Typical annual loss of thermal energy through distribution is around 10%, as seen in Norway's district heating network.
Often heat is metered to customers using a heat meter, to encourage economy and maximise the number of customers which can be served, but these are expensive. Many communist-era systems were not metered, leading to great inefficiencies – users simply opened windows when too hot – wasting energy and minimising the numbers of connectable customers. Due to the expense of heat metering, an alternative approach is simply to meter the water – water meters are much cheaper than heat meters, and have the advantage of encouraging consumers to extract as much heat as possible, leading to a very low return temperature, which increases the efficiency of power generation.
Size of systems
District heating systems can vary in size from covering entire cities such as Stockholm or Flensburg with a network of large meter diameter primary pipes linked to secondary pipes – 200 mm diameter perhaps, which in turn link to tertiary pipes of perhaps 25 mm diameter which might connect to 10 to 50 houses.
Some district heating schemes might only be sized to meet the needs of a small village or area of a city in which case only the secondary and tertiary pipes will be needed.
Some schemes may be designed to serve only a limited number of dwellings – 20–50 – in which case only tertiary sized pipes are needed.
Pros and cons
District heating has various advantages compared to individual heating systems. Usually district heating is more energy efficient, due to simultaneous production of heat and electricity in combined heat and power generation plants. This has the added benefit of reducing carbon emissions. The larger combustion units also have a more advanced flue gas cleaning than single boiler systems. In the case of surplus heat from industries, district heating systems do not use additional fuel because they use heat (termed heat recovery) which would be dispersed to the environment.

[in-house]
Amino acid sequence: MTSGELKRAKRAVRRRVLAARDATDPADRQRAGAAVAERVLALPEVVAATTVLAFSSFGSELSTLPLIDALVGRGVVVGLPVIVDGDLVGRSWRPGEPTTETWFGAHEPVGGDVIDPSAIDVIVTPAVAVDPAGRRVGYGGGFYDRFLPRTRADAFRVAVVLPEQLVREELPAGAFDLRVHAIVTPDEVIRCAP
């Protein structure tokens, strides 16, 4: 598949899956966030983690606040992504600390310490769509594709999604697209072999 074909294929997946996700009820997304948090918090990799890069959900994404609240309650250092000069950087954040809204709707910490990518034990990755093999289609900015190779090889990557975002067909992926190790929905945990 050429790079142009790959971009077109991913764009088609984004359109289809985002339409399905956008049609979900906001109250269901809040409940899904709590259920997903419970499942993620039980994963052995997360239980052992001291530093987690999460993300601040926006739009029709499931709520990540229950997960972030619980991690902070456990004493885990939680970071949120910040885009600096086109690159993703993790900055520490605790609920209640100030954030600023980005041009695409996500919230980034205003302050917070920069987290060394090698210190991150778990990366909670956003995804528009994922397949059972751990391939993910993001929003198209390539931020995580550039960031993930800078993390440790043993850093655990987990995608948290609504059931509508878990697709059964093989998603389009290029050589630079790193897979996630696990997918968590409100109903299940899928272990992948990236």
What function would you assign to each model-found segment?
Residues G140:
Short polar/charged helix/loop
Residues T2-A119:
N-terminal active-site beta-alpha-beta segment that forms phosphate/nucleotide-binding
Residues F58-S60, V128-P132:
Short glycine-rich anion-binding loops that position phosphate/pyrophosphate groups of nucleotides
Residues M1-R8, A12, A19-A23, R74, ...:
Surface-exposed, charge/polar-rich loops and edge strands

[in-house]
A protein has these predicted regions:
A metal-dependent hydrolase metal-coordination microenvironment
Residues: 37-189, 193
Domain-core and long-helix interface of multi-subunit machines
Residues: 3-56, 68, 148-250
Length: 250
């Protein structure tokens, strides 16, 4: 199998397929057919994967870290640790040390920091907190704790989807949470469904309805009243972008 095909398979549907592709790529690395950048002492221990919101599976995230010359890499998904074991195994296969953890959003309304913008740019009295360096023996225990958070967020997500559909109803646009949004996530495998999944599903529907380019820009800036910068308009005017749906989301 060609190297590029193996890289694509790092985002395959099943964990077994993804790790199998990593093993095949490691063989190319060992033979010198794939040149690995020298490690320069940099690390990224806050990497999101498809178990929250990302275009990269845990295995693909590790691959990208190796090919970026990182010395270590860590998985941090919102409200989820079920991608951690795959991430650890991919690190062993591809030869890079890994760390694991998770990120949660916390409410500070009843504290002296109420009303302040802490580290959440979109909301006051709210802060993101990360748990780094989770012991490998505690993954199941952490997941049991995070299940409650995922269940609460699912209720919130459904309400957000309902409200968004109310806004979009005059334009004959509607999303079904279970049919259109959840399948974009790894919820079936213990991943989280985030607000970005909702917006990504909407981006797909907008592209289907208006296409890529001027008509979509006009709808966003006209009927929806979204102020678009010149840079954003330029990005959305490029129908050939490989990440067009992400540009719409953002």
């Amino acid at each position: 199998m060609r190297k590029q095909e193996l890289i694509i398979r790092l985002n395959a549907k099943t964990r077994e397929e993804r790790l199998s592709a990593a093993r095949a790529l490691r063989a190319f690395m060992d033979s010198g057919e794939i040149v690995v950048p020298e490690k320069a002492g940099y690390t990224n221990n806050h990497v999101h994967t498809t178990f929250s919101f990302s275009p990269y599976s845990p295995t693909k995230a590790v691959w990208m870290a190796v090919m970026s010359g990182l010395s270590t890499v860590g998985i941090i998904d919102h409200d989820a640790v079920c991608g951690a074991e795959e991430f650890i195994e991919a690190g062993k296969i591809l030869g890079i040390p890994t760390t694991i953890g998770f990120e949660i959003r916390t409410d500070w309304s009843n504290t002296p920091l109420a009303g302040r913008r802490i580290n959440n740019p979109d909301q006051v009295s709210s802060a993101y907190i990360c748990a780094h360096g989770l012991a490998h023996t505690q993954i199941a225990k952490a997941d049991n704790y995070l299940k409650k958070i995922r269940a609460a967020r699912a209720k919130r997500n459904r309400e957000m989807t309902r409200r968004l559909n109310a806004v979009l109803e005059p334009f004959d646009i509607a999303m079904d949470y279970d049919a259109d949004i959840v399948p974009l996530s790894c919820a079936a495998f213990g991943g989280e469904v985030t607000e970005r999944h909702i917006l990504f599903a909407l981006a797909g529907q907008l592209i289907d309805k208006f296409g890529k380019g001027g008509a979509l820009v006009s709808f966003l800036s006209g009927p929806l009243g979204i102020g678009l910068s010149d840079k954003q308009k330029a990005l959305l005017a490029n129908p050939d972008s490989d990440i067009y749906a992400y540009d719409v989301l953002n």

District heating is a long-term commitment that fits poorly with a focus on short-term returns on investment. Benefits to the community include avoided costs of energy, through the use of surplus and wasted heat energy, and reduced investment in individual household or building heating equipment. District heating networks, heat-only boiler stations, and cogeneration plants require high initial capital expenditure and financing. Only if considered as long-term investments will these translate into profitable operations for the owners of district heating systems, or combined heat and power plant operators. District heating is less attractive for areas with low population densities, as the investment per household is considerably higher. Also it is less attractive in areas of many small buildings; e.g. detached houses than in areas with a few much larger buildings; e.g. blocks of flats, because each connection to a single-family house is quite expensive.
Ownership, monopoly issues and charging structures
In many cases large combined heat and power district heating schemes are owned by a single entity. This was typically the case in the old Eastern bloc countries. However, for the majority of schemes, the ownership of the cogeneration plant is separate from the heat using part.
Examples are Warsaw which has such split ownership with PGNiG Termika owning the cogeneration unit, the Dalkia Polska owning 85% of the heat distribution, the rest of the heat distribution is owned by municipality and workers. Similarly all the large CHP/CH schemes in Denmark are of split ownership.